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Farming of irrigated regions

The main areas of irrigated land are concentrated in Russia and the former Soviet Union, for example, in the south of Ukraine, the North Caucasus, the steppe part of the Trans-Volga region, Transcaucasia, Central Asia and in the south of Kazakhstan.

Natural and climatic conditions

Climate

The climate is continental, with dry and hot summers and mild and warm winters. Average annual precipitation ranges from 100 to 250 mm in the foothill plains and up to 400-500 mm in the mountainous areas. The duration of the vegetation period is from 170 to 240 days, the sum of active temperatures is 3400-5400 °С.

Soils

In Central Asia and Kazakhstan gray earths and gray earth-meadow soils prevail, in Transcaucasia – chestnut and brown, in the south of Ukraine and the North Caucasus – black earths.

Tasks of irrigated farming system

The main crops cultivated on irrigated lands in Central Asia, southern Kazakhstan and Transcaucasia are cotton, rice, sugar beet, alfalfa, corn, melons, developed horticulture and viticulture. Winter wheat, rice, corn, sugar beets, sunflowers, fodder crops and tobacco are grown in the south of Ukraine and the North Caucasus. Part of irrigated land is occupied by orchards, vineyards, pastures and hayfields. Spring wheat predominates in the steppe areas of the Trans-Volga region, significant areas are allocated for fodder crops, in the south of the zone – rice.

The limiting factor for agriculture in irrigated regions is moisture. Under such conditions, the farming system should ensure efficient use of moisture, reduce unproductive evaporation, and comply with irrigation technology.

The components of the farming system:

  • rational structure of sown areas, including the most valuable crops and varieties of intensive type;
  • crop rotations with high saturation of leading crops, including intermediate crops and crops that improve soil fertility;
  • rational system of tillage, aimed at improving agrophysical properties, contributing to the efficient use of irrigation water and atmospheric precipitation;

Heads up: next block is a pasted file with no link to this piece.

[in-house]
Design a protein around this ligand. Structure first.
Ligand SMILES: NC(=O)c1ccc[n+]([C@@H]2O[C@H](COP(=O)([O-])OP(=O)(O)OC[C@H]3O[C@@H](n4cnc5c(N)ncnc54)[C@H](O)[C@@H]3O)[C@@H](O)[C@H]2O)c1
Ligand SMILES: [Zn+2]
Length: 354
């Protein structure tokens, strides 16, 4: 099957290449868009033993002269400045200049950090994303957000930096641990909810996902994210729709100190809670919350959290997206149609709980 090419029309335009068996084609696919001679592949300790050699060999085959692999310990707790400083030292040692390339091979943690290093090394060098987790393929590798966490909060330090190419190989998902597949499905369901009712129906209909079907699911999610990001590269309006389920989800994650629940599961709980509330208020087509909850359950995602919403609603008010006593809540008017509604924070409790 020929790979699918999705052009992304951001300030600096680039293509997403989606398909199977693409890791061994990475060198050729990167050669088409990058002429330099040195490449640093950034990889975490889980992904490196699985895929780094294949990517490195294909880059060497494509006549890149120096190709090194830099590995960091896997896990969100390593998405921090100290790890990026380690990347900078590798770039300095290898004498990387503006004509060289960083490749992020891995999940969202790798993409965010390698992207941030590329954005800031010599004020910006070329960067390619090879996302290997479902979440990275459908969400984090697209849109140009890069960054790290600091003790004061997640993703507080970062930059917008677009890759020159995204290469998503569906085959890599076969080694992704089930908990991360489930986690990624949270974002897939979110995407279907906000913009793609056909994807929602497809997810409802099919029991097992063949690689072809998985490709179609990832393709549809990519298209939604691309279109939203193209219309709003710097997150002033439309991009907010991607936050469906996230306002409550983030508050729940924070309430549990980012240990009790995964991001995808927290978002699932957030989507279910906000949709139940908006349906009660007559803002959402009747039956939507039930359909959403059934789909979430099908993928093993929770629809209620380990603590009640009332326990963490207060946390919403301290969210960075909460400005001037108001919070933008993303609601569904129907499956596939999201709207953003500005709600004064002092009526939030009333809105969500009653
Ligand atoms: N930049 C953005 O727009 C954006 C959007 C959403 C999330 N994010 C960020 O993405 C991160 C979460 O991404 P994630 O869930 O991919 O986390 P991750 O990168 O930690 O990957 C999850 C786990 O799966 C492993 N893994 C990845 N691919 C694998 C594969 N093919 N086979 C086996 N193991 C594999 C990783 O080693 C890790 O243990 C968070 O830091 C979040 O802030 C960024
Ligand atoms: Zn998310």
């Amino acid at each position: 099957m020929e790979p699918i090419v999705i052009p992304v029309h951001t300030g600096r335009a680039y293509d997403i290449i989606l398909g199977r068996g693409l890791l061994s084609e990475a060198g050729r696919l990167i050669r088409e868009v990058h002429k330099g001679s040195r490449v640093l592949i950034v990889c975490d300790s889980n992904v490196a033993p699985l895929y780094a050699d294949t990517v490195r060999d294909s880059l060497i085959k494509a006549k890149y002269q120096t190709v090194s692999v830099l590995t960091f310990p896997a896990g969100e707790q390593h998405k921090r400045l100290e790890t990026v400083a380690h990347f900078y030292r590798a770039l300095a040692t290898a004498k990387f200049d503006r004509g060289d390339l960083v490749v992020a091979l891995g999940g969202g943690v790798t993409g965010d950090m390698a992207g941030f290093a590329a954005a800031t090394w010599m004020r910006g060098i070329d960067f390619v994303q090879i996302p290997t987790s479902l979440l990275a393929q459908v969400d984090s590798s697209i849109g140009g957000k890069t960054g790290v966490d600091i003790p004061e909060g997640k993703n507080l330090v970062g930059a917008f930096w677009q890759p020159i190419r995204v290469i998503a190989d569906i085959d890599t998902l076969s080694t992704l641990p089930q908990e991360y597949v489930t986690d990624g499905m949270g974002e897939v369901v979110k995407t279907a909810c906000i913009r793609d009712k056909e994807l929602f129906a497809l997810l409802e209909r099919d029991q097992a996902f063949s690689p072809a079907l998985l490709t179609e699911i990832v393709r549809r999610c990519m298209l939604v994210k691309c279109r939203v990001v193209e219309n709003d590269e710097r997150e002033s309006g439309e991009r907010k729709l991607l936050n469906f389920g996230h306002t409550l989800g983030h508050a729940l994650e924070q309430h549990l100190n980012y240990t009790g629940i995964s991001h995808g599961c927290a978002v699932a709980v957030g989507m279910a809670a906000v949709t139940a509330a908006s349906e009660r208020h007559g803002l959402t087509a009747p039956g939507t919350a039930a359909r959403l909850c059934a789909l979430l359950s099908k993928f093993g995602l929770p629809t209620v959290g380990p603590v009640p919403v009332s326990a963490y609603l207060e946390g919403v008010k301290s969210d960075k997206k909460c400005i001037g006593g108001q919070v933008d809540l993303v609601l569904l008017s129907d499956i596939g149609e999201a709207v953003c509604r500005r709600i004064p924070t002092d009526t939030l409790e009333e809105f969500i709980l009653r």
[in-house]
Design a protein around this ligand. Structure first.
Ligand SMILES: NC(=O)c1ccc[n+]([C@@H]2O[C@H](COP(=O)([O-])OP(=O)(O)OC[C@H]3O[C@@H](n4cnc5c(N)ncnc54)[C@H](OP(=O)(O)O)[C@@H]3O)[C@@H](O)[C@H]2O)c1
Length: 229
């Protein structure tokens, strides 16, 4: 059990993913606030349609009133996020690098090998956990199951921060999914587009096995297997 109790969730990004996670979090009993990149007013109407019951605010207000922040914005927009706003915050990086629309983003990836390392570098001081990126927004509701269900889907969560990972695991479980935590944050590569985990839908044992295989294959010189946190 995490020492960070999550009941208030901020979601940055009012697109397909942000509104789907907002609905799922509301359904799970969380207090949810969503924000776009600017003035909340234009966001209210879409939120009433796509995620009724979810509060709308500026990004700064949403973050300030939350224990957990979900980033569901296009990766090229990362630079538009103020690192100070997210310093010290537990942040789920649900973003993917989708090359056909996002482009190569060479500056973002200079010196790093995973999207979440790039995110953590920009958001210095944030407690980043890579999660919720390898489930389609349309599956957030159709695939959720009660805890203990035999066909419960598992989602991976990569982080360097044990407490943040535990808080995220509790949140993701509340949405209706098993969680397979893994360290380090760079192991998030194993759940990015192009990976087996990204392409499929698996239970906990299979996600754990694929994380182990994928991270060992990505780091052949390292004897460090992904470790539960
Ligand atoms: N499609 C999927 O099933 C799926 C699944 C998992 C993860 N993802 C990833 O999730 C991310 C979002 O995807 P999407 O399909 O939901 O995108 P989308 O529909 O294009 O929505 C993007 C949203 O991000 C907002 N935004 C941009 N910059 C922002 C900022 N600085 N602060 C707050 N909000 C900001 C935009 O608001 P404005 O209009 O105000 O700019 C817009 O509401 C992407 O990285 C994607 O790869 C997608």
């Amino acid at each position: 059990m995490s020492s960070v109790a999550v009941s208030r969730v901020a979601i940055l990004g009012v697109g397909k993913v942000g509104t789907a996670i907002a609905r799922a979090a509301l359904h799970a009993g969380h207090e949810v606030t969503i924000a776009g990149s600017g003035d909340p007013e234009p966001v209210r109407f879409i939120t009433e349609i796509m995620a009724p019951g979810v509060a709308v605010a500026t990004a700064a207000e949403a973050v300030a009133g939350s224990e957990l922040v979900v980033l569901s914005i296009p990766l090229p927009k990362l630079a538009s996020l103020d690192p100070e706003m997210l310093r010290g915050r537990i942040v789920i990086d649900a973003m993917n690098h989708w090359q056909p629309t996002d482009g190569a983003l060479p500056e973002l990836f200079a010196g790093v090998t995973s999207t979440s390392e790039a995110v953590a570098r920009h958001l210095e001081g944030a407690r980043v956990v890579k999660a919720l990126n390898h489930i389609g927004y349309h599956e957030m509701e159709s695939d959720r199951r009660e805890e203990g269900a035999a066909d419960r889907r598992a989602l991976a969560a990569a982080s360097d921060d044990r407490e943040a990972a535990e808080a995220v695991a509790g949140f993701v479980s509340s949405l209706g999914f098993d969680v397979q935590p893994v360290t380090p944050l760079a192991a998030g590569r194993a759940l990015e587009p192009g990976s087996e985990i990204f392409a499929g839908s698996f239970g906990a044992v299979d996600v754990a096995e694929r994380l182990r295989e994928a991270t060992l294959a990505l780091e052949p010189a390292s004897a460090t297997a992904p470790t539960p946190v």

• fertilizer system, providing optimal nutrient regime and increasing irrigation water use coefficient;
  • seed production system, providing for sowing of intensive type varieties, resistant to lodging, salinity, diseases and pests, capable of using life factors and giving the maximum yield of the best quality;
  • an integrated system of plant protection;
  • system of anti-erosion measures and soil protection from salinization and waterlogging;
  • rational organization of crop rotations, taking into account the size and shape of fields, placement and operation of ameliorative network;
  • placement of field-protective forest plantations.

Crop rotations system

In irrigated regions, depending on natural and economic conditions, we use row, cereal-grass-row, and cereal-row crop rotation systems.

Sources

Fundamentals of agricultural production technology. Farming and crop production. Edited by V.S. Niklyaev. – Moscow: Bylina, 2000. – 555 с.

Farming in the steppe and forest-steppe regions of Siberia

Natural and climatic conditions

Climate

The steppe and forest-steppe regions of Siberia are characterized by a sharply continental climate with recurrent droughts 2-3 years out of 5 years, especially in the steppe part. Summers are short and hot. The warm period is 110-120 days, with fluctuations from 80 to 150 days. Daily air temperature in June-July is 35-40 °C, on the soil surface it is 50-55 °C. The sum of active temperatures is 1500-2300 °C. Early autumn frosts are possible, creating a danger for late-ripening crops and varieties.